Bias should not enter the hiring funnel either at the start or at any other point along the way. The later on in the process that bias emerges, the less visible and traceable it is likely to be, and the more likely it is to influence a final decision about the applicant.
For an equitable process, blind recruitment is a requirement and, as a top of funnel assessment Bryq scores and ranks candidates based on fit for the role. The objectivity follows the candidate throughout the process as it also allows for tailored structured interviews based on fit for the role.
4 easy steps to Bias-free hiring with Bryq
Creating a bias-free hiring process no longer needs to be painful, slow or expensive.
Want to know how? Schedule a demo and we’ll show you in 30′.
Cognitive Skills Assessment
Cognitive ability is the most important cause of job performance and the relationship between ability and performance is stable over time. (Frank L. Schmidt, 2002)
Research has shown that tests that combine cognitive and personality like Bryq, have the highest correlation with predicted job performance versus any other measure.
Bryq assesses abilities involved in thinking - logical reasoning, attention to detail, verbal and numerical ability - using questions designed to estimate applicants' potential to use mental processes to solve work-related problems or to acquire new job knowledge.
Numerical reasoning is the ability to understand, comprehend, and draw logical conclusions from numerical data. In numerical reasoning tests, numerical data are presented in the form of a graph or table that requires interpretation to answer the question or a problem that needs to be solved.
Verbal reasoning is the ability to understand, comprehend, and critically evaluate written information. Verbal reasoning tests typically provide a passage with information, around a paragraph in length, and require candidates to answer questions related to the information presented in that passage. Questions will be presented in multiple-choice format, and candidates will likely need to choose one of 3-5 possible answers.
Logical reasoning questions measure a candidate’s ability to logically and rationally solve problems based on observed patterns. Candidates are provided with a series of questions that take the form of shapes, missing parts, as well as number or shape sequence identification following a pattern. Candidates will need to choose between 4-6 possible answers.
Attention-to-Detail tests assess whether a candidate has the patience, focus, and willingness to be thorough in his/her work, so it does apply to all jobs. It measures an individual’s ability to quickly grasp errors with speed and accuracy in answering a question. Candidates are presented with either alphanumerical data or almost identical pictures that the candidate must identify and after observation decide if the options available are the same or different.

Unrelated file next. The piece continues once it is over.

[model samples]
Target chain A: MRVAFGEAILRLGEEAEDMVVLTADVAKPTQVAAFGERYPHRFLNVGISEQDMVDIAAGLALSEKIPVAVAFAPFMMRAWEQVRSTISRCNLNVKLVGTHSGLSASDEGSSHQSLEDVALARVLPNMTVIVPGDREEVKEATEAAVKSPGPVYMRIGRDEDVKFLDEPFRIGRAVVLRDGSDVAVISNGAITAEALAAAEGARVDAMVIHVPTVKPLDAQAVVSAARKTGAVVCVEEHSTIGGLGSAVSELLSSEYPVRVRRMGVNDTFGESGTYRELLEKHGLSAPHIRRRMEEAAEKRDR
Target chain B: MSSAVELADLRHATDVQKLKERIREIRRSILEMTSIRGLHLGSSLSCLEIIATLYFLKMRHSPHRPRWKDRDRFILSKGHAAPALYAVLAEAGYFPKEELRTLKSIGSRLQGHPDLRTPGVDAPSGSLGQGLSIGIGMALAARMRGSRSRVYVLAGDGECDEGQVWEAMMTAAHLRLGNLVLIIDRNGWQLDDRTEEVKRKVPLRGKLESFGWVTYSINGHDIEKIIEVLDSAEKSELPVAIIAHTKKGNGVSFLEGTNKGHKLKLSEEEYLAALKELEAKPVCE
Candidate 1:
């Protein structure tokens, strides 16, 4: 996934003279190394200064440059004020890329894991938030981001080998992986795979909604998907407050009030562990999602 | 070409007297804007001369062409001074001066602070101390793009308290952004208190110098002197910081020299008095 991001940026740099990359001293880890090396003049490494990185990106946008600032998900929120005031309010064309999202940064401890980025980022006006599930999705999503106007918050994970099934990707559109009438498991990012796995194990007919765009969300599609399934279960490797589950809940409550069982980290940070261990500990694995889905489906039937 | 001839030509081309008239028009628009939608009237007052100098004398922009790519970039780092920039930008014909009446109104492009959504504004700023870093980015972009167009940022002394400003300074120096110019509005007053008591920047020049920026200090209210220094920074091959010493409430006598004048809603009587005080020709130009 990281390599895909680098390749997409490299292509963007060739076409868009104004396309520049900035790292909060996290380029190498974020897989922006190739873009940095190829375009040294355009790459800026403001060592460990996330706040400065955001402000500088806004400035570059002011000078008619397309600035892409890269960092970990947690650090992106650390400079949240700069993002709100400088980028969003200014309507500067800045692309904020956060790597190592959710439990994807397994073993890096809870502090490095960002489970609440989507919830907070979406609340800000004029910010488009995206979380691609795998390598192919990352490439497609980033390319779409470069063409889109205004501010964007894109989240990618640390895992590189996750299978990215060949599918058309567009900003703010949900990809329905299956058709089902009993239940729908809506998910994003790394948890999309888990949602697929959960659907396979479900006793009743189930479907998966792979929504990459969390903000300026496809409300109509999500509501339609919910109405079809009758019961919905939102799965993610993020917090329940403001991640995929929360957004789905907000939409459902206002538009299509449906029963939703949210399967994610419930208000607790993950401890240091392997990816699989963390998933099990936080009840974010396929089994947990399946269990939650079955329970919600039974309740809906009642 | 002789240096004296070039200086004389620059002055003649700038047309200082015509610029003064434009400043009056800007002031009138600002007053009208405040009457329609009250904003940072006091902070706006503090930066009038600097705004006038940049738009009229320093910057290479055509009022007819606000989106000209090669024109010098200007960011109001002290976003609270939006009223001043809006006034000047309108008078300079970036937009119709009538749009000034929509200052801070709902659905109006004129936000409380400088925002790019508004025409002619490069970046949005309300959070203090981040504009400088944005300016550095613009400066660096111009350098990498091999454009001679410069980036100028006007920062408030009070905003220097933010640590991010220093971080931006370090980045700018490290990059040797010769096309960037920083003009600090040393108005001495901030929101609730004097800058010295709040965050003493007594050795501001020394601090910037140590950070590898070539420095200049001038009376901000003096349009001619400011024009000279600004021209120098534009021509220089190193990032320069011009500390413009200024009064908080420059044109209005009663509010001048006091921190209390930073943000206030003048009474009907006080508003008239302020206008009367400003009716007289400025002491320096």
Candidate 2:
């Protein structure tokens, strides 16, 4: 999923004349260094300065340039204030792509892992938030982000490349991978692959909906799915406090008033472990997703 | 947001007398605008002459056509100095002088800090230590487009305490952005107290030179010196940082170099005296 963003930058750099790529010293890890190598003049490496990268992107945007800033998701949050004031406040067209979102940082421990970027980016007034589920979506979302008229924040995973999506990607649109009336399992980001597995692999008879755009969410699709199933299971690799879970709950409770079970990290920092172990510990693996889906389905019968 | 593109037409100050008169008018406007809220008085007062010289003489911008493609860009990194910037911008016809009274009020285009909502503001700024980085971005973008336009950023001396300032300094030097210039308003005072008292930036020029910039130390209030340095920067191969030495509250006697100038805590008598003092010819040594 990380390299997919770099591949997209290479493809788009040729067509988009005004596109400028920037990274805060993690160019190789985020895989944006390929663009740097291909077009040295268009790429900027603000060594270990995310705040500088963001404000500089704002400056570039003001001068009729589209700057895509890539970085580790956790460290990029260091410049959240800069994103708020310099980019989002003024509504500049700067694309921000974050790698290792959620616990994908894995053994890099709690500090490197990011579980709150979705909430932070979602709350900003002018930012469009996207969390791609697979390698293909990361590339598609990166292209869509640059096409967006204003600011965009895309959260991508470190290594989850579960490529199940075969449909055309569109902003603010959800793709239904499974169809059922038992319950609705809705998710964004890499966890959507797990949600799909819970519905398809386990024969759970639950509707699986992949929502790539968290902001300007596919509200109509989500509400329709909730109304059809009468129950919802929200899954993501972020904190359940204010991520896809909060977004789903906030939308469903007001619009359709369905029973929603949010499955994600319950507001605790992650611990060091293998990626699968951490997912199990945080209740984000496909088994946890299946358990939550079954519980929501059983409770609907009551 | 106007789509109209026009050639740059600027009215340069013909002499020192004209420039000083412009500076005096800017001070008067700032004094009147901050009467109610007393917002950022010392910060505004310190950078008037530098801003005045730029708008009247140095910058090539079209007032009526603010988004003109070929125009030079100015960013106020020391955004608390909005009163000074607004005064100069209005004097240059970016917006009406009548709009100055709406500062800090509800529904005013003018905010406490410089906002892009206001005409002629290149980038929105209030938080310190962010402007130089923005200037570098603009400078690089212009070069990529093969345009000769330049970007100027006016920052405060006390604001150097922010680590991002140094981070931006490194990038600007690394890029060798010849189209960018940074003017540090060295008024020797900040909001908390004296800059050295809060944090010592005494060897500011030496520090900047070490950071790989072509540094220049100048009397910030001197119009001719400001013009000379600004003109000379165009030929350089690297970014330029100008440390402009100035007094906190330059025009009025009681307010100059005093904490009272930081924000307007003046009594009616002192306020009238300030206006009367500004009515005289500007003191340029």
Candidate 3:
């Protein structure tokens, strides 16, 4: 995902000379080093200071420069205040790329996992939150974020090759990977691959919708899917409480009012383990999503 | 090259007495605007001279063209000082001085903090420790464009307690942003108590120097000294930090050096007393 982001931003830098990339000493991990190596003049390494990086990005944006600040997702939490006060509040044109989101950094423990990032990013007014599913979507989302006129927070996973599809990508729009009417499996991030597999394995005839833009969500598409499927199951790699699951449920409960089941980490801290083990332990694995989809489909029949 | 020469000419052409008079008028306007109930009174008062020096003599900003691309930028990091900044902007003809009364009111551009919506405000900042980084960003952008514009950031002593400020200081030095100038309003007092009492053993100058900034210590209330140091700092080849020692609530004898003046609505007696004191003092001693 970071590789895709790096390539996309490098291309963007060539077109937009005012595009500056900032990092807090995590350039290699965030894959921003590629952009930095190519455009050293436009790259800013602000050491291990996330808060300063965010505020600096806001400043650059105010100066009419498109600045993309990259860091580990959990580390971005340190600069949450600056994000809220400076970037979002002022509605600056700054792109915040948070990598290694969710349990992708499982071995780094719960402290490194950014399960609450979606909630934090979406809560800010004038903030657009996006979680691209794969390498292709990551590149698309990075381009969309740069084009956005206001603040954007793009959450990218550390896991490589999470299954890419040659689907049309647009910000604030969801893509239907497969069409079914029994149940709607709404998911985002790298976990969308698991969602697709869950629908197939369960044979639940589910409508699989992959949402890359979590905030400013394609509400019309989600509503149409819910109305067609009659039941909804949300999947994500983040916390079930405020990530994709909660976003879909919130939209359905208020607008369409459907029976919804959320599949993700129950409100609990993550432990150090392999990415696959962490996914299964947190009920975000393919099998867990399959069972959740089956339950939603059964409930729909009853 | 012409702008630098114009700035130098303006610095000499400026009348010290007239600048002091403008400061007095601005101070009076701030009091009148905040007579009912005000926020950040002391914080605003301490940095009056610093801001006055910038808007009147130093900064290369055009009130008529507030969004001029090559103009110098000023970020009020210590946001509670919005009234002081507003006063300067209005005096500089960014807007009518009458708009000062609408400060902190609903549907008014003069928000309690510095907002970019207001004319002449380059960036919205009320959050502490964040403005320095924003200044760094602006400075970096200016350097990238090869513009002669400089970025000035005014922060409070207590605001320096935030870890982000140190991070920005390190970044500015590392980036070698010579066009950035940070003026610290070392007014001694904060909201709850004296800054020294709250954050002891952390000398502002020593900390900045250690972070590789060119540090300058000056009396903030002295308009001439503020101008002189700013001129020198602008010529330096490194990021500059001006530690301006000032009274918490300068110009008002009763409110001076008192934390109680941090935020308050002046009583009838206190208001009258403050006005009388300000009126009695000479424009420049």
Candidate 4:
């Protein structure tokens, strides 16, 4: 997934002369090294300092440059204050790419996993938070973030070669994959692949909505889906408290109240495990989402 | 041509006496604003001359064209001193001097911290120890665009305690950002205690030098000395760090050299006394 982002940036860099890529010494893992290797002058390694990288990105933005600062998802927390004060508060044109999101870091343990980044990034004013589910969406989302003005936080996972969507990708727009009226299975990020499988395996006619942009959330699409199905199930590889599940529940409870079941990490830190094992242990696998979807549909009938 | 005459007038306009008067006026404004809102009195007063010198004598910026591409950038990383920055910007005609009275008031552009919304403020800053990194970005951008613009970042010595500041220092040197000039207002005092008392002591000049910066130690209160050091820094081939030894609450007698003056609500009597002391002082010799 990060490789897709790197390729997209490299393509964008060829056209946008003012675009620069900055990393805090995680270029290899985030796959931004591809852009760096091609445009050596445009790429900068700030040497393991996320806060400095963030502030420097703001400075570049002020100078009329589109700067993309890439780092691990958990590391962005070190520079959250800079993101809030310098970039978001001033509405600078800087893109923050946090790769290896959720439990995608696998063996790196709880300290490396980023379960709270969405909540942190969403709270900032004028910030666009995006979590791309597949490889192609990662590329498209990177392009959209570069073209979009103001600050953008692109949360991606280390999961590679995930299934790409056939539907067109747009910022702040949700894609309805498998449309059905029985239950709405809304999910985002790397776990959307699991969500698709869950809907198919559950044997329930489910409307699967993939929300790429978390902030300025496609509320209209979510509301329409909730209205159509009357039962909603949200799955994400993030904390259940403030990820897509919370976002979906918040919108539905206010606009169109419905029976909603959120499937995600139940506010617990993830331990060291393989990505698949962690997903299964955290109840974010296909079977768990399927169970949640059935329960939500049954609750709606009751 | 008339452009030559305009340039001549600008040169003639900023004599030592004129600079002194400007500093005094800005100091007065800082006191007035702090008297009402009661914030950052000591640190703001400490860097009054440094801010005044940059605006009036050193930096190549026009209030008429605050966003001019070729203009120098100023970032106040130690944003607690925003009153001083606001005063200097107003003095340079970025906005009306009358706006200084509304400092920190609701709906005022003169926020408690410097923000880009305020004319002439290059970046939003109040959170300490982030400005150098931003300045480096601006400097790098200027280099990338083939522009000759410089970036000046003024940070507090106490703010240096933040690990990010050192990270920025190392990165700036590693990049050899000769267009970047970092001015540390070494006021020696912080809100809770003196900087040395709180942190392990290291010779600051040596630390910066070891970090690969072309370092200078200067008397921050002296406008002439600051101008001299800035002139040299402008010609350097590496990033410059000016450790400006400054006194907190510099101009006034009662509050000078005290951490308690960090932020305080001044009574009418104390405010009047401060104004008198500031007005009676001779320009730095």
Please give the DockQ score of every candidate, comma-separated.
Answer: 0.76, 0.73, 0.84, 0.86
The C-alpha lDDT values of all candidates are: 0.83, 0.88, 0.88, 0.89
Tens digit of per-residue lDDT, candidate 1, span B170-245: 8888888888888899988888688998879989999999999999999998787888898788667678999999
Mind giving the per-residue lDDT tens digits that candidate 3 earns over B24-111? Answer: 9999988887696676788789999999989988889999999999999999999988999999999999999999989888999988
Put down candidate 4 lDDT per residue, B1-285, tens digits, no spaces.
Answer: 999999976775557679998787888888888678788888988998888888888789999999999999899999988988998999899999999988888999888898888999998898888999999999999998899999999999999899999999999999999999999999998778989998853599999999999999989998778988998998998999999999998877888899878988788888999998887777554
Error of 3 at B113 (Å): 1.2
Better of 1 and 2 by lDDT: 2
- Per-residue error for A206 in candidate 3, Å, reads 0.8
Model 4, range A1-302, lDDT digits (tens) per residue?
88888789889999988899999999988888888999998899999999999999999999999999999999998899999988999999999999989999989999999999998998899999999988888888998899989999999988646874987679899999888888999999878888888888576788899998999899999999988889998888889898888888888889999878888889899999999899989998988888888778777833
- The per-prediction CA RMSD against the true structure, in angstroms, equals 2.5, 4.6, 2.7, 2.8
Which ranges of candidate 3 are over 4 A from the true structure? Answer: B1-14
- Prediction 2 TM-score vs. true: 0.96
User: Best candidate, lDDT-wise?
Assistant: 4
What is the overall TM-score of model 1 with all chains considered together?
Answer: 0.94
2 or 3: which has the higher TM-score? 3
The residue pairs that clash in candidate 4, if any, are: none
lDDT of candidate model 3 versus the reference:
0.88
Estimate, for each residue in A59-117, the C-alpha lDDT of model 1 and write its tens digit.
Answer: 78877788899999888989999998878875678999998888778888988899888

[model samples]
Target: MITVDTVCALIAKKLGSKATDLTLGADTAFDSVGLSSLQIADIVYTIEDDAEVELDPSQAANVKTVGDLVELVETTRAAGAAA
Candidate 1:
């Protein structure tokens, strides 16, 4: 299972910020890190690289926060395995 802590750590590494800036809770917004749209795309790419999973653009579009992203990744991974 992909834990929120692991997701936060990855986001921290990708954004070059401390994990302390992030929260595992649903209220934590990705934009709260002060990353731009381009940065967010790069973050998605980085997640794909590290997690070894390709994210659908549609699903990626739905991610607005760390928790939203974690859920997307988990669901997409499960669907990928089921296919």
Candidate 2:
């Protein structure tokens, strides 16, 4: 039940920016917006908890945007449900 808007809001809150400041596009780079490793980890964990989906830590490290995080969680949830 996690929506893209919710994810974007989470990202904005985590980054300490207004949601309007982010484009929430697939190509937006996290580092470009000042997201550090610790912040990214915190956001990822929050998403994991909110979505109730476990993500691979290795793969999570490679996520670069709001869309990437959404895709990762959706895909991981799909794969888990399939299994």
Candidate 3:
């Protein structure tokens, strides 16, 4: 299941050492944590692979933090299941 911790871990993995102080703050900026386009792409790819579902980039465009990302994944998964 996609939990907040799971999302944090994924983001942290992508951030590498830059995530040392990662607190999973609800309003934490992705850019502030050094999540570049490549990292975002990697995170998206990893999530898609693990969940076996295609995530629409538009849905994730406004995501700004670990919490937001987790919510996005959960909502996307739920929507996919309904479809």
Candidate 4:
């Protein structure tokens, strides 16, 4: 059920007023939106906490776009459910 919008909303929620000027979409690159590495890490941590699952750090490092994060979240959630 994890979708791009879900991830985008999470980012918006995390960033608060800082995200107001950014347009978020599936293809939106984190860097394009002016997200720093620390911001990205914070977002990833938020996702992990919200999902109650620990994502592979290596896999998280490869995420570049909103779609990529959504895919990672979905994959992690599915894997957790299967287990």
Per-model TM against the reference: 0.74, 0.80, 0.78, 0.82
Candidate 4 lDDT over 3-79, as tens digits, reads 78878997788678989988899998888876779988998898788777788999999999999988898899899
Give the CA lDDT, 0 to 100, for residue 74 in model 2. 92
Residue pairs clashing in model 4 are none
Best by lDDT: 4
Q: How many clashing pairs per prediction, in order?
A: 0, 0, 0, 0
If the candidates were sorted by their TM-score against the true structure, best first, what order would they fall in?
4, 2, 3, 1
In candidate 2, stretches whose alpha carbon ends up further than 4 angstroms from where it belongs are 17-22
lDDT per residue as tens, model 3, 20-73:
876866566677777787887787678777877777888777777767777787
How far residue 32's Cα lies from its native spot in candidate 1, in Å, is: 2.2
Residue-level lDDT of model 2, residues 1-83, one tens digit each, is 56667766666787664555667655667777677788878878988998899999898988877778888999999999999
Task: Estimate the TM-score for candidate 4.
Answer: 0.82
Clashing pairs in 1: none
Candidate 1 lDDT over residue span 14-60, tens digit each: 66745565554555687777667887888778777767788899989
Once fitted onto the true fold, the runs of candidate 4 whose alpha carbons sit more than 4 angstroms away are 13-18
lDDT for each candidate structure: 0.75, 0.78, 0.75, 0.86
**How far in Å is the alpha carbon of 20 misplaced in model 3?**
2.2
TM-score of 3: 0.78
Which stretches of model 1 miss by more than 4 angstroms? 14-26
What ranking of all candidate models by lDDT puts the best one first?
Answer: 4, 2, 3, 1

How do calibrated assessments work?
Bias and the case of Gender -
Cognitive skills differences
The case of gender gap is certainly one of the most talked-about since men and women started competing in the workplace. There are always unbacked myths that have become established stereotypes over time stating why women are different especially when it comes to cognitive skills.
We conducted a study based on the findings of 8,000 candidate assessments and mapped the difference between men and women on their cognitive skills scores. The results indicated the average scores between male and female candidates presented a negligible difference.
Bryq Cognitive Skills Avg. Scores, Men vs. Women
16 Personality Factor Model
- The sixteen personality factors or 16PF psychometric test assesses various primary personality traits in order to provide feedback about an individual’s disposition
- Personality characteristics have been linked to job performance and satisfaction within occupational roles, showing that not only will some individuals perform at a higher level in a specific job, but they are also more likely to gain greater satisfaction and fulfillment from a job that is suited to their character
- The 16 traits measured by the 16PF can also be grouped into five broad dimensions, known as the Global Factors, which correlate strongly with the Big Five.
Bryq Personality traits Avg. Scores, Men vs. Women
Bias and the case of Gender -
Personality traits differences
The case of gender gap is certainly one of the most talked-about since men and women started competing in the workplace. There are always unbacked myths that have become established stereotypes over time stating why women are different in disposition or leadership qualities that would not make them a good fit for one role or another.
We conducted a study based on the findings of 8,000 candidate assessments and mapped the difference between men and women on the 16 personality traits. The results indicated that for most personality traits the average scores between male and female candidates presented no difference and in the cases where there was a difference it was negligible.
Uncovering the elements Leadership Potential
Leadership potential is one of the most sought after skills in candidates.
These preconceptions lead to wrong choices. Leadership can take many shapes and forms. According to Prentice what makes a successful leader is understanding people’s motivations and gaining employee participation by bringing together individual needs and interests to the group’s purpose.
Substantial research has been conducted on the subject of leadership – and there is a consensus that most good leaders share some common traits. These traits have been codified in Bryq’s leadership profile . People who are closer to this profile are more likely to be successful in managing teams.
The Candidate Experience
Your candidates are important to us
When adding an assessment in your hiring process we know that you are not simply interested in the results but also about the candidate experience and satisfaction. Providing an engaging experience for the candidates is pivotal for us as it is for you.
The assessment is a chat over a messaging interface similar to slack or skype. Different executives from a fictional company introduce themselves and ask questions based on their specialization. Research has shown that assessments that are engaging have higher completion rates.
Our aim is to constantly improve and deliver experiences that satisfy both employers and candidates. We constantly collect feedback from candidates on their experience with the assessment and strive to deliver any improvement necessary.
Find the format engaging
Find it appropriately challenging
Overall satisfaction with the assessment